KOTA KINABALU: The Orangutan Action Plan 2020-2029 is vital towards the survival of the primate’s population in the state, says Datuk Jafry Arifin.
The Sabah Tourism, Culture and Environment Minister said the orangutan would be under threat if the plan was not implemented, adding there were only some 11,000 orangutans in the state presently.
The orangutan was also listed as critically endangered in the International Union for Conservation of Nature (IUCN) Red List of Threatened Species.
Jafry said one of the items in the action plan was to hold conservation and public awareness programmes for all stakeholders in Sabah.
“Among the measures outlined in the action plan that must be implemented in elevating awareness levels was, firstly, to ensure owners, managers and workers of plantations as well as developers to be abreast with the current legislation and protection of the orangutan.
“Secondly, there must be a guideline for sustainable orangutan tourism.
“Thirdly, there must be awareness campaigns on the primate and its habitat statewide such as turun padang (go down to the ground) programmes at plantations, villages, schools besides celebrating the World Orangutan Day or Orangutan Caring Week as a state-level celebration,” he added.
Jafry said efforts must also be made to develop an information centre for orangutans as well as dissemination of information through social media.
“And finally, to create a permanent syllabus on teaching conservation, including for the orangutan, in the national education curriculum for schools nationwide,” he said.
Jafry said this in his speech that was delivered by Sabah Wildlife Department director Augustine Tuuga in conjunction with the Orangutan Caring Week 2022 programme at the Sepilok Orangutan Rehabilitation Centre in Sandakan on Thursday (Dec 8).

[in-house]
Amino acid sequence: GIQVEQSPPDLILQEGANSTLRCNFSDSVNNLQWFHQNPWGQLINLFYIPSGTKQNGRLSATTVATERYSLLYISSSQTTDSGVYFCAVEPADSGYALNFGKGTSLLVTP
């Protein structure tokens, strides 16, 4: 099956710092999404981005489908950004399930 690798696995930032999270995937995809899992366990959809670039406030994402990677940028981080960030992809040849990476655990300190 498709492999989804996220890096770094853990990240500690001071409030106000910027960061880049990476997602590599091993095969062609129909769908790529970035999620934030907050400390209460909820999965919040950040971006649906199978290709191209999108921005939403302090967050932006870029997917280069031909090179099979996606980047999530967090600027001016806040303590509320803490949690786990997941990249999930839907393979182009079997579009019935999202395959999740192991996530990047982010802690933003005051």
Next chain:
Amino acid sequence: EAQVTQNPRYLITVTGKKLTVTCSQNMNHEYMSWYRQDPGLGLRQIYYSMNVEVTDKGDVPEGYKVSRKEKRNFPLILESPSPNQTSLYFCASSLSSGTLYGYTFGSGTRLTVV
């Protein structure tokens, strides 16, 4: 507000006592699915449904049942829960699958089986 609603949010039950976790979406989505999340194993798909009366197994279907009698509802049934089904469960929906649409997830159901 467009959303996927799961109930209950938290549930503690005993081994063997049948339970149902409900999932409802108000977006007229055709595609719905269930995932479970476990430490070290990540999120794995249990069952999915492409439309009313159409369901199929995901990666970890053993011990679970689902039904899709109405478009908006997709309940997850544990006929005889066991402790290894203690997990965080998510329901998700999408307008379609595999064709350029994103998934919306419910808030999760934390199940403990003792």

The programme was jointly organised by the Sabah Wildlife Department with its conservation partners Orangutan UK Appeal, Borneo Sun Bear Conservation Centre, Rainforest Discovery Centre, State Forestry Department and Sandakan Municipal Council.
The initiative was aimed at supporting orangutan conservation and to educate Sabahans on the importance of protecting the species.
The programme had kicked off earlier in October this year among school teachers and plantation workers through the Environmental Education Race initiative by the Sabah Forestry Department.
It was then held in five schools in Sandakan as part of the programme’s tour before it was extended to tourists, tourist guides as well as tourism operators, oil palm plantation operators and students at the Sepilok Orangutan Rehabilitation Centre.
Meanwhile, the Sabah Wildlife Department had also implemented a programme with research outfit Danau Girang Field Centre to highlight the importance of Science, Technology, Engineering and Maths (STEM) in wildlife conservation to school students.
The programme, funded by the Sabah Science, Technology and Innovation Ministry, was targeted to showcase the application of STEM in research and management of wildlife.